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I was reading The Weiss Variation of the Gravitational Action by Feng and Matzner, where the authors take the variations of the gravitational action with respect to the bulk metric $g$, the induced metric $\gamma$, and the displacement $\delta x$ of the boundary. It seems that to do so one requires that $\delta \gamma_{\mu \nu} |_{\partial \mathcal{M}} \neq 0$. I have a hard time understanding the implications of such variations on the equations of motion of the theory (equation $(4.34)$). In particular, while the bulk variation gives the well known Einstein Field Equations in the vacuum, the variation with respect to the induced metric seems to give another equation, \begin{equation} K_{\mu \nu}-K \gamma_{\mu \nu}=0, \tag{1} \end{equation} where $K_{\mu \nu}$ is the extrinsic curvature and $K$ its trace. Does this equation determine the induced metric, just like EFE determines the bulk metric? If so, why isn't the induced metric just $g_{\mu \nu}-\epsilon n_{\mu} n_\nu$? Maybe $(1)$ determines $n_\mu$, but then aren't $(1)$ and the equation of motion associated with the variation with respect to $\delta x$ redundant?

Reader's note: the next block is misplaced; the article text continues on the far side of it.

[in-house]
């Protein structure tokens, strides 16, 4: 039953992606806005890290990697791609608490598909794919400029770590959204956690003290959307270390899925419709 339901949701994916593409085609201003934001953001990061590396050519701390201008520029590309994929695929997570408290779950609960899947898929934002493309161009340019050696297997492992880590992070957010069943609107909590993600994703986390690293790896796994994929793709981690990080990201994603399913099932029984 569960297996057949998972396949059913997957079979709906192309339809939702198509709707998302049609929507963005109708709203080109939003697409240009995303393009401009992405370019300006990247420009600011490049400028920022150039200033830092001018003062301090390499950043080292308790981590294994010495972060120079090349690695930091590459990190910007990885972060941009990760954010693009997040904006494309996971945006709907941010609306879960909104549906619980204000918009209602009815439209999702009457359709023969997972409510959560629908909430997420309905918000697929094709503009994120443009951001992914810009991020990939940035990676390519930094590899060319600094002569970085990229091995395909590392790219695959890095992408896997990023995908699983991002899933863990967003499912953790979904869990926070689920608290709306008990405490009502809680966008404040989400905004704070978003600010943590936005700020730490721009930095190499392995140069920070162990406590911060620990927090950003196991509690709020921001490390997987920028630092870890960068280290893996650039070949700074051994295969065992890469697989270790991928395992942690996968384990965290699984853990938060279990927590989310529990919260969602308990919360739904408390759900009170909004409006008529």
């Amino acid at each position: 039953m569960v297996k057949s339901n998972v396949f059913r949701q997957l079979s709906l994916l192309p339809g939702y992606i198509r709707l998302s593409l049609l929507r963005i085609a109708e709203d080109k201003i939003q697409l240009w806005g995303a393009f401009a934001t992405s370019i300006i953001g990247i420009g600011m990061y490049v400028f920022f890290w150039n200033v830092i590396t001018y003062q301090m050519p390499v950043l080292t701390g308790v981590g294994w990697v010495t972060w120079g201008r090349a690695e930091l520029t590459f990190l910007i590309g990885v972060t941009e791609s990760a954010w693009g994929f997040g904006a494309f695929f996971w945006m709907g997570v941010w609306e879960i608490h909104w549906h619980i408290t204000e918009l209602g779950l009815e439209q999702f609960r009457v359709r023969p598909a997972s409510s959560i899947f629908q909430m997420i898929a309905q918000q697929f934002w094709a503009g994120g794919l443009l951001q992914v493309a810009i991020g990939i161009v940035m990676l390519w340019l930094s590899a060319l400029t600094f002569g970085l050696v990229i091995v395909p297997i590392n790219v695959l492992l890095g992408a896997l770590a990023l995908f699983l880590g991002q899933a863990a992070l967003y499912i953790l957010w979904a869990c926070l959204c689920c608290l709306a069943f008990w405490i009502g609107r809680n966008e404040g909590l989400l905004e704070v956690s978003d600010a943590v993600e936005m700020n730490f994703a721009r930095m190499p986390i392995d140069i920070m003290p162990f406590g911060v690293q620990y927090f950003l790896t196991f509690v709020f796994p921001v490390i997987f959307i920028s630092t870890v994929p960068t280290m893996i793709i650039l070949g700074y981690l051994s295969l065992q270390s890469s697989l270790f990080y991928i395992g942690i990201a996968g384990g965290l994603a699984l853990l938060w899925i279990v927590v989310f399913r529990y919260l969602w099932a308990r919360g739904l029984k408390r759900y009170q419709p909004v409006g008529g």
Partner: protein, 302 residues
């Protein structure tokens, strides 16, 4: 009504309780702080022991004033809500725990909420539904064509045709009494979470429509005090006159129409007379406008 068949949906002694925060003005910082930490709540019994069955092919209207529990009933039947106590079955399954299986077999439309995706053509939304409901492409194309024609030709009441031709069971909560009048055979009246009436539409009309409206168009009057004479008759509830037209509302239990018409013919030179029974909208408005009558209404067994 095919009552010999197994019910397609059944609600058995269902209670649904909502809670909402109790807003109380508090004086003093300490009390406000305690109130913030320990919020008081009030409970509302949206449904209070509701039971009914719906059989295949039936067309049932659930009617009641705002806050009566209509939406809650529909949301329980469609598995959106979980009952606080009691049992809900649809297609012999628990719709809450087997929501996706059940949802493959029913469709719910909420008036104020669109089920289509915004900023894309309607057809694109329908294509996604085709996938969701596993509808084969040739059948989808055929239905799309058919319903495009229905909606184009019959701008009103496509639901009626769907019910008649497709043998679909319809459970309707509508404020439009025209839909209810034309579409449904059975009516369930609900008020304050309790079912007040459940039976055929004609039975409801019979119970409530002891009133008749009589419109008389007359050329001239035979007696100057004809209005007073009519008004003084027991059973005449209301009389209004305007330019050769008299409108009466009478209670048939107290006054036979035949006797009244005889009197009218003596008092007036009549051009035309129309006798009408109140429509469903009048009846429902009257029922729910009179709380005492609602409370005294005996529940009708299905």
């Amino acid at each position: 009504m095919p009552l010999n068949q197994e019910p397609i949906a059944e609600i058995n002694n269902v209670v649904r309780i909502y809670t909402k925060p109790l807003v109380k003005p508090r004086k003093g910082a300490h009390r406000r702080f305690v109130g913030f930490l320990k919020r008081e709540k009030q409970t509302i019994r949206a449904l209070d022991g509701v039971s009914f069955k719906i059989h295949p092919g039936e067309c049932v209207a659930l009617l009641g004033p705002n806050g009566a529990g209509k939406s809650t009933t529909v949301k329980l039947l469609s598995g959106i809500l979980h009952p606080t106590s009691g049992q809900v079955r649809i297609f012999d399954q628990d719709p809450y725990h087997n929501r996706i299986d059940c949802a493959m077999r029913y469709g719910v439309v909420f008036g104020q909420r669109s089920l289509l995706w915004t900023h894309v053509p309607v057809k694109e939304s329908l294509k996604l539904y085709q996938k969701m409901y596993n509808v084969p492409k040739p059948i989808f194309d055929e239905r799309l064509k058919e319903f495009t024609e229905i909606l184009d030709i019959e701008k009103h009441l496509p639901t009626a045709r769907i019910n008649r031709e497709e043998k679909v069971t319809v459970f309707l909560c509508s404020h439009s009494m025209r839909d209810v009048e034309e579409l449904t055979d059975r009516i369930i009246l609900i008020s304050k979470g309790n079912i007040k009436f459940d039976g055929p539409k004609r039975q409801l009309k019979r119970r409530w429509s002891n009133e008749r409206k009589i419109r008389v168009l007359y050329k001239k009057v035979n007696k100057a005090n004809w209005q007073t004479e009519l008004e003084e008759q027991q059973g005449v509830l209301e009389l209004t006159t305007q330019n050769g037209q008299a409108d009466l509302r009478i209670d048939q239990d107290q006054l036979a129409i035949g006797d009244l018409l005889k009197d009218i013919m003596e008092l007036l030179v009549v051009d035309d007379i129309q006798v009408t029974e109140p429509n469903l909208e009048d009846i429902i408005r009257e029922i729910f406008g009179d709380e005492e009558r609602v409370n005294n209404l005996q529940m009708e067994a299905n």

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After sending an email to J. Feng, the principal author of the article I linked, it simply appeared that I've misunderstood the purpose of doing such variational. Indeed one doesn't want to find a specific equation of motion but to identify conjugated quantities to the variationals. So the LHS of equation (1) is simply the generalized momentum associated with the induced metric, and for $\delta x$ one identifies the canonical stress-energy-momentum tensor.

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